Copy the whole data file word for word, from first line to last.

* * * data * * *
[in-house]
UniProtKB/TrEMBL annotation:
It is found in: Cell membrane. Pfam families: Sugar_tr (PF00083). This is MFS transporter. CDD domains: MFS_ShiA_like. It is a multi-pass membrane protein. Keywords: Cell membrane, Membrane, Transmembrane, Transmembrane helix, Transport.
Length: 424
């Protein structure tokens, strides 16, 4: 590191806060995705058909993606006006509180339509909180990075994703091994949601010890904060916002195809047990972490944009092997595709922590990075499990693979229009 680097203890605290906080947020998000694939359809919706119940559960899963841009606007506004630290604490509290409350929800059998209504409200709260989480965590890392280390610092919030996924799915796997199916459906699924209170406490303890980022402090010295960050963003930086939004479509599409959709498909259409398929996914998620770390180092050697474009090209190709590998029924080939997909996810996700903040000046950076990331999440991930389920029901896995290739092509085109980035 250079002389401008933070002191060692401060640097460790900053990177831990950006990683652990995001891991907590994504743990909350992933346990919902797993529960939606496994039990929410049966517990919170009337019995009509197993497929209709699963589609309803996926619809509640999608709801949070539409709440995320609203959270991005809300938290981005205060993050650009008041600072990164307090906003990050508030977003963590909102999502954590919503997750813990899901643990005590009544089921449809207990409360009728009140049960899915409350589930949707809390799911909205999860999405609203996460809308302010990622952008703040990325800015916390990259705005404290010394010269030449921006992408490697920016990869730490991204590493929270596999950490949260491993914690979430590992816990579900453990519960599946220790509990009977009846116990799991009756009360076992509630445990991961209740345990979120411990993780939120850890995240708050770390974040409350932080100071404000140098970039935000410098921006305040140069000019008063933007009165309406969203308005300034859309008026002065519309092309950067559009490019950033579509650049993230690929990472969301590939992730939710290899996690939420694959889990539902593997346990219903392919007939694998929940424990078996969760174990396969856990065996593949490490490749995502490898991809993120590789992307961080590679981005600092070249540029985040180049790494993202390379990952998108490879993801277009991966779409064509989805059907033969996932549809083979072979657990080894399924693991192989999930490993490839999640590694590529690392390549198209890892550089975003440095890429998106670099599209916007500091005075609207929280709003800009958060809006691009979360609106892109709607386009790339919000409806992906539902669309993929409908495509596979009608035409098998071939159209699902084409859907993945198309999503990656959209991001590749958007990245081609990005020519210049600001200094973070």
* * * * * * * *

[in-house]
UniProtKB/TrEMBL annotation:
It is found in: Cell membrane. Pfam families: Sugar_tr (PF00083). This is MFS transporter. CDD domains: MFS_ShiA_like. It is a multi-pass membrane protein. Keywords: Cell membrane, Membrane, Transmembrane, Transmembrane helix, Transport.
Length: 424
């Protein structure tokens, strides 16, 4: 590191806060995705058909993606006006509180339509909180990075994703091994949601010890904060916002195809047990972490944009092997595709922590990075499990693979229009 680097203890605290906080947020998000694939359809919706119940559960899963841009606007506004630290604490509290409350929800059998209504409200709260989480965590890392280390610092919030996924799915796997199916459906699924209170406490303890980022402090010295960050963003930086939004479509599409959709498909259409398929996914998620770390180092050697474009090209190709590998029924080939997909996810996700903040000046950076990331999440991930389920029901896995290739092509085109980035 250079002389401008933070002191060692401060640097460790900053990177831990950006990683652990995001891991907590994504743990909350992933346990919902797993529960939606496994039990929410049966517990919170009337019995009509197993497929209709699963589609309803996926619809509640999608709801949070539409709440995320609203959270991005809300938290981005205060993050650009008041600072990164307090906003990050508030977003963590909102999502954590919503997750813990899901643990005590009544089921449809207990409360009728009140049960899915409350589930949707809390799911909205999860999405609203996460809308302010990622952008703040990325800015916390990259705005404290010394010269030449921006992408490697920016990869730490991204590493929270596999950490949260491993914690979430590992816990579900453990519960599946220790509990009977009846116990799991009756009360076992509630445990991961209740345990979120411990993780939120850890995240708050770390974040409350932080100071404000140098970039935000410098921006305040140069000019008063933007009165309406969203308005300034859309008026002065519309092309950067559009490019950033579509650049993230690929990472969301590939992730939710290899996690939420694959889990539902593997346990219903392919007939694998929940424990078996969760174990396969856990065996593949490490490749995502490898991809993120590789992307961080590679981005600092070249540029985040180049790494993202390379990952998108490879993801277009991966779409064509989805059907033969996932549809083979072979657990080894399924693991192989999930490993490839999640590694590529690392390549198209890892550089975003440095890429998106670099599209916007500091005075609207929280709003800009958060809006691009979360609106892109709607386009790339919000409806992906539902669309993929409908495509596979009608035409098998071939159209699902084409859907993945198309999503990656959209991001590749958007990245081609990005020519210049600001200094973070």